December 19, 2018  |  180-101, 10:00 am

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About this Lecture

Mid-Atlantic Local Area Flooding, July 21-25, 2018

The Goddard Earth Observing System (GEOS) global model is a flexible, modular tool that is at the center of a number of activities in the GMAO and beyond. With a “scale-aware” representation of parametrized processes, the GEOS model can be configured to represent spatial scales as fine as several kilometers, or it can be used at lower (tens of kilometer) resolutions and a higher degree of physical complexity, to represent different interactions in the Earth System. Alongside the model, multi-variate data assimilation schemes are used to ingest observations, to produce analyses of the atmosphere, ocean, land, and cryosphere. These analyses are focused on demonstrating the value of NASA’s observations in producing high-quality analyses, as well as being a critical input to prediction across timescales ranging from weather to seasons.

This presentation will highlight several aspects of the GMAO’s work. The use of all-sky radiances from the Global Precipitation Mission (GPM) in meteorological analyses, which demonstrate beneficial impacts on tropical moisture profiles and improved weather forecasts, which points to their potential value for the Nation’s operational forecasting capabilities. Assimilation of atmospheric aerosols (from MODIS) and UTLS ozone profiles (from EOS-Aura MLS) were two of the major advances included in the MERRA-2 reanalysis, which are a component of the pathway from meteorological reanalyses to homogenized Earth System datasets. These advances form the basis for a new GEOS product, the “Composition Forecasting” which includes the comprehensive GEOS-Chem chemical mechanism to produce global analyses and forecasts of atmospheric constituents, including surface air quality. Another critical component of the Earth System is the ocean, for which NASA provides several unique datasets – the altimetry observations have become a standard input to oceanic analyses; this presentation will highlight the additional benefits of including sea-surface salinity from Aquarius and SMAP on both the analyses and on seasonal predictions, with the GEOS-S2S system.

These examples demonstrate the value of NASA’s research-quality observations alongside the “traditional” datasets used in analyses and forecasts of weather and seasonal climate. Ability to use these observations in context of the GEOS model positions the GMAO as a unique NASA facility for model-data fusion studies, many of which will benefit from additional collaborations across the agency and with academia.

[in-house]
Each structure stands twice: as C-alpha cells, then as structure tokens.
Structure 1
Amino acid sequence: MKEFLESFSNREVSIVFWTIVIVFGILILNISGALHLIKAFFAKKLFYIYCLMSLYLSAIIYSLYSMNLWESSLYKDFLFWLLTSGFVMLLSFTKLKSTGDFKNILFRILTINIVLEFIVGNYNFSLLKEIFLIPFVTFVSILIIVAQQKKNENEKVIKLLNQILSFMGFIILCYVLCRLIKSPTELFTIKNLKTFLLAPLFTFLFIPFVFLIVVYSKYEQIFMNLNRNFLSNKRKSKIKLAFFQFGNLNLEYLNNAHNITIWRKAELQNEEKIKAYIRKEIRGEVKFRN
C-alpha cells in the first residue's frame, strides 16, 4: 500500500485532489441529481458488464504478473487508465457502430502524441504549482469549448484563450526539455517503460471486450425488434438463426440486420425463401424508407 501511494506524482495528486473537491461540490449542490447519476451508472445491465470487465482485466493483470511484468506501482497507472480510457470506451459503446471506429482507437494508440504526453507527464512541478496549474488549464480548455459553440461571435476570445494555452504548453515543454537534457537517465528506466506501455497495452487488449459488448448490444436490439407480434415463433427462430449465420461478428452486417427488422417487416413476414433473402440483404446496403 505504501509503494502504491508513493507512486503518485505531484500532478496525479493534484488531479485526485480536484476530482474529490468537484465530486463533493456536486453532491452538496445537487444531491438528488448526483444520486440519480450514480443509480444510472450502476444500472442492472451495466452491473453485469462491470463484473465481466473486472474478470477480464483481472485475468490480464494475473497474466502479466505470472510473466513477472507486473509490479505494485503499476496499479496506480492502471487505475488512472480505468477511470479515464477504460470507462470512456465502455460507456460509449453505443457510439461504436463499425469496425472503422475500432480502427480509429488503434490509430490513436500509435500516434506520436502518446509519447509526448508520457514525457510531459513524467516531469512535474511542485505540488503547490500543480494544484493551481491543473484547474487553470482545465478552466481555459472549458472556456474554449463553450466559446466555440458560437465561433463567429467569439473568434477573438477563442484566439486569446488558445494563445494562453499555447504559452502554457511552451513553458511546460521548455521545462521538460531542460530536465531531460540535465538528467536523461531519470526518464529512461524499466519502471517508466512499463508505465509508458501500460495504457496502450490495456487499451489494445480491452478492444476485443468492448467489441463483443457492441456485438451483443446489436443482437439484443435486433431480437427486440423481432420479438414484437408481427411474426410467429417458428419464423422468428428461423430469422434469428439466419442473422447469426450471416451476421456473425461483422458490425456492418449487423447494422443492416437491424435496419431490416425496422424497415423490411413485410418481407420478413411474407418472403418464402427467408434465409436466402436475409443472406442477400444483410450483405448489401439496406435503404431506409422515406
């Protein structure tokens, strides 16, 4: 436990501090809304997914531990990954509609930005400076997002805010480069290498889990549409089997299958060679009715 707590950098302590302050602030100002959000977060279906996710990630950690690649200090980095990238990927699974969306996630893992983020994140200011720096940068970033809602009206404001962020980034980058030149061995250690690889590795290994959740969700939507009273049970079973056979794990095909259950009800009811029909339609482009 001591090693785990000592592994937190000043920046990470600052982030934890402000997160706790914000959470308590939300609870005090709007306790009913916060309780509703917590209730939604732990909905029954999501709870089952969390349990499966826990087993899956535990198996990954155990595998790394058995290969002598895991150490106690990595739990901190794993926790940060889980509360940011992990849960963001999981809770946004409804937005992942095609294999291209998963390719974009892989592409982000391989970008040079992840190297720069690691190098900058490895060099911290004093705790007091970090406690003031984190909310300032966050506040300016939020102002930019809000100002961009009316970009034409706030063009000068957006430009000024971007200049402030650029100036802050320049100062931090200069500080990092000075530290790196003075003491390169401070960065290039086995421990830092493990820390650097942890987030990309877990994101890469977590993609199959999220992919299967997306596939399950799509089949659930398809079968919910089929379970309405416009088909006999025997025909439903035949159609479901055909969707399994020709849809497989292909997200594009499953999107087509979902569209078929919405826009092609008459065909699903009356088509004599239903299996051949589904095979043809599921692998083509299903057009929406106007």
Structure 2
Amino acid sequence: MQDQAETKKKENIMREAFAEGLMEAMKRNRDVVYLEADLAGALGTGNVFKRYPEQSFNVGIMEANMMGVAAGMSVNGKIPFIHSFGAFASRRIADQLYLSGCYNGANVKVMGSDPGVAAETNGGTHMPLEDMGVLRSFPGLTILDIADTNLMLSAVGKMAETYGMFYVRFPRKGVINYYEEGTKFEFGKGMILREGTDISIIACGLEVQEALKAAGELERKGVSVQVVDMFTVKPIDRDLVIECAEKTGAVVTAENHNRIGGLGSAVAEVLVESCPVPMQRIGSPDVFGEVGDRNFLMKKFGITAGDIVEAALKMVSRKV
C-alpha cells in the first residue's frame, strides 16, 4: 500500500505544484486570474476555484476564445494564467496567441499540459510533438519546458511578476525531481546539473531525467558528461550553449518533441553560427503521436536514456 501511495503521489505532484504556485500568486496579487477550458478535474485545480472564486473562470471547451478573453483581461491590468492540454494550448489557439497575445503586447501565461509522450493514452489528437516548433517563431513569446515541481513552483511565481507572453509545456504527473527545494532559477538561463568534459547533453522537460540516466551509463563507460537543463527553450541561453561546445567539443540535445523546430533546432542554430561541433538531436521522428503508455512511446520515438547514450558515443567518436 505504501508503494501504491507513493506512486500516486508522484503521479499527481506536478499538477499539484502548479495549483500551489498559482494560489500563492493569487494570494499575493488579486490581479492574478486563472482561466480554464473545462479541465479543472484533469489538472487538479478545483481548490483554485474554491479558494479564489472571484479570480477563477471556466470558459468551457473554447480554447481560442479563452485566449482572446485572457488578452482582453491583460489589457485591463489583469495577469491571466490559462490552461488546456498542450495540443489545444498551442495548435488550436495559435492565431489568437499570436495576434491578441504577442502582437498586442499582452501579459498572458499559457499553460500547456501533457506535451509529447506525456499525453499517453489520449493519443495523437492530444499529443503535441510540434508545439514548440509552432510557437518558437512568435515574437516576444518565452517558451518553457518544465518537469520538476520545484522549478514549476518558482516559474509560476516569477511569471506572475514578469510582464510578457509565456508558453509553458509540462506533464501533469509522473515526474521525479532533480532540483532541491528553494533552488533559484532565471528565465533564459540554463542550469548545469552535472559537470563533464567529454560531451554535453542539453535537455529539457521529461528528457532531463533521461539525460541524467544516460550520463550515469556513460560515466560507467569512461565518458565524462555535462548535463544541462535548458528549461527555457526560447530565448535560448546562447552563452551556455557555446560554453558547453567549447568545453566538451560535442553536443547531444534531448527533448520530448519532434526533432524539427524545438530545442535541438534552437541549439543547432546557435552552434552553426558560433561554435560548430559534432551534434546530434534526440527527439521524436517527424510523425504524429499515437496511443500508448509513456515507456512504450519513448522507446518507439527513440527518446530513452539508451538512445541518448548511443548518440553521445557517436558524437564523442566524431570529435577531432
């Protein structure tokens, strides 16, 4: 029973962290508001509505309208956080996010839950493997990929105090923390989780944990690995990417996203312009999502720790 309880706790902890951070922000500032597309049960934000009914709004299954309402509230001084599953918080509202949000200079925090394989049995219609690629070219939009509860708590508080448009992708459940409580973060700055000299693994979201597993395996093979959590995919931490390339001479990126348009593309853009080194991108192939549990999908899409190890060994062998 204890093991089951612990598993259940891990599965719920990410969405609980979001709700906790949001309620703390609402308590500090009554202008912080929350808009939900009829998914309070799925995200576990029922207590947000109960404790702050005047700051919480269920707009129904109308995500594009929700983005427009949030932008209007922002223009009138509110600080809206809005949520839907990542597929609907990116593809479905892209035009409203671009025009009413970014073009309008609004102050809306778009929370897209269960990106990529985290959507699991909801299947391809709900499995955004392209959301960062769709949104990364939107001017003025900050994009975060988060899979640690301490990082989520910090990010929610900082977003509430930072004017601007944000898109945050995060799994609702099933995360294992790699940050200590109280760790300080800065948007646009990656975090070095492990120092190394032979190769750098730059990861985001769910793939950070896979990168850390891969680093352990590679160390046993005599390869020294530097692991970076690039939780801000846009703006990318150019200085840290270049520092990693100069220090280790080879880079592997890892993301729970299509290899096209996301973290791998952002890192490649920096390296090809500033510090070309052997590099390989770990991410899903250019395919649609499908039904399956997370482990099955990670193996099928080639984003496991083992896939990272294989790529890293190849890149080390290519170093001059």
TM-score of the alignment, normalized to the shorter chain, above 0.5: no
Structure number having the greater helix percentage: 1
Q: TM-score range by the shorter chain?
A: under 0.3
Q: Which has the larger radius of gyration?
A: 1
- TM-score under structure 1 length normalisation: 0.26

Steven Pawson

Steven Pawson is the Chief of the Global Modeling and Assimilation Office at NASA Goddard Space Flight Center. In this capacity, he is responsible for guiding a team of about 100 people who develop and use the "Goddard Earth Observing System" (GEOS) Earth System modeling and data assimilation system. Versions of the GEOS system are used to expand the use of NASA's satellite observations to address topical problems in Earth Science, on timescales ranging from days to decades.

Steven has worked primarily in the atmospheric sciences, with expertise in the domain of atmospheric transport and composition. He is author or co-author of more than 120 peer-reviewed publications. His early work focused on the stratosphere, including the ozone layer, and over time his interests have moved closer to the ground to include air pollution and the carbon cycle. Steven’s work has used a combination of observations and computer models. He was the founding co-lead of the GEOS Chemistry-Climate Model (CCM) project, in collaboration with the Atmospheric Chemistry and Dynamics Laboratory, which introduced chemical and emissions modules into the GEOS modeling system and conducted studies of ozone change and its interaction with climate. He contributed to ozone data assimilation projects in the GMAO, through which NASA’s EOS-Aura data were introduced into the GMAO's reanalyses. Through Steven’s long-standing collaboration with the Atmospheric Chemistry Modeling Group at Harvard University, the GEOS model is now being used to study tropospheric composition, including a prototype air-quality forecasting system. These chemical components now constitute an essential part of the GEOS Earth System Model. Steven also formulated and led the first “Carbon Data Assimilation” projects using the GEOS system, which led to close involvement in NASA’s OCO-2 mission.

Steven moved to NASA GSFC in 1997. He has been a member of the GMAO since 2003 and a federal employee since 2005. Previously, he spent almost a decade at the Meteorological Institute of the Free University of Berlin in Germany, including six years on the teaching faculty, where he was awarded the "Habilitation" in the Faculty of Earth Sciences. He completed his education in the United Kingdom, with a Bachelor degree in Mathematics (1982) from the University of York, a Masters in Atmospheric Sciences (1984) from Imperial College/University of London, and a PhD in Meteorology (1988) from the University of Edinburgh.

Steven served for four years (2001-2005) as an Editor of the Journal of Geophysical Research - Atmospheres. He was a co-lead author of Chapter 2 in the Scientific Assessment of Ozone Depletion: 2014. He frequently speaks to broad audiences of many ages about NASA’s activities in Earth Science.